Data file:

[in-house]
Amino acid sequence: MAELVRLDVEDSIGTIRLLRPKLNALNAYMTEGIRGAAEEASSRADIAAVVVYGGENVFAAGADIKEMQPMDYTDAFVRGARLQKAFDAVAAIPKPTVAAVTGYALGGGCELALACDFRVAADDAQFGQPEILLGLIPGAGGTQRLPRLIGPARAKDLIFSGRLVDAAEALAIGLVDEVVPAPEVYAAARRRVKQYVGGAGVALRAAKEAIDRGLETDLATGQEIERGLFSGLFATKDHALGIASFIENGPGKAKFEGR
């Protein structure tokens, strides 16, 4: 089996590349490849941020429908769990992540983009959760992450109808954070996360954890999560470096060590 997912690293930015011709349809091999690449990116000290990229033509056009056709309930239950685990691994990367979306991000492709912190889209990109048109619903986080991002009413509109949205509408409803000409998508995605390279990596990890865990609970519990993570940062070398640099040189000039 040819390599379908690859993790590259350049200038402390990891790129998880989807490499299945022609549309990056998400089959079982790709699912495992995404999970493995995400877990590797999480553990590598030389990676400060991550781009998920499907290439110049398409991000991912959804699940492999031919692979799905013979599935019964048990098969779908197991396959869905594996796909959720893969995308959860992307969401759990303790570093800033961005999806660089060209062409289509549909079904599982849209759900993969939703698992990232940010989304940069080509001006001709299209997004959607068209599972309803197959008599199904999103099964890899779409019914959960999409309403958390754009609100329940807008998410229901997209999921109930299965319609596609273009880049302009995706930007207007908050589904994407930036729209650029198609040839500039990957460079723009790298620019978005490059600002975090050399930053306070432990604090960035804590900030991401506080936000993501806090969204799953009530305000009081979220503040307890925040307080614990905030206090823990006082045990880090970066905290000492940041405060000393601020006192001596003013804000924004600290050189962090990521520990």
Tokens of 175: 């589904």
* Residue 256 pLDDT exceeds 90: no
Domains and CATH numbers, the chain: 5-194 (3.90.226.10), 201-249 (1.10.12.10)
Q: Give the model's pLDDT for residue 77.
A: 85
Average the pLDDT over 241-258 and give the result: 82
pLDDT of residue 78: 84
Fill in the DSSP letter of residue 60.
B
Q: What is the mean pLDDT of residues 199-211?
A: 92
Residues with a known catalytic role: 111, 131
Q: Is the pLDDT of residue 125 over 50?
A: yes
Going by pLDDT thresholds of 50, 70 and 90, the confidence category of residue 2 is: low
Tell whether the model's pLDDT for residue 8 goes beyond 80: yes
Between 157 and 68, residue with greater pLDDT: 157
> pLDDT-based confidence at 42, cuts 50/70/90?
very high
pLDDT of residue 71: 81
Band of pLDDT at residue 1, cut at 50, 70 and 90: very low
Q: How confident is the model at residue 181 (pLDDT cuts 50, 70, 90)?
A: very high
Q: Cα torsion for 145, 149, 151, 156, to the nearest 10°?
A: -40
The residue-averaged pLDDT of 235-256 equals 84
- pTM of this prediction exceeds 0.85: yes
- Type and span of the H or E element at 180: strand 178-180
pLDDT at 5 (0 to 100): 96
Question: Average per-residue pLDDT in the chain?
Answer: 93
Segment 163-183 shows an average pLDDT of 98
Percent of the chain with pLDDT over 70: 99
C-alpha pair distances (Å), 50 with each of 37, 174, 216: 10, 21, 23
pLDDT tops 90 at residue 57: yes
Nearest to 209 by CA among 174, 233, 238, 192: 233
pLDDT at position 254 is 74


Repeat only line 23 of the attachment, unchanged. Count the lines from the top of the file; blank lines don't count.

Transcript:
pLDDT of residue 71: 81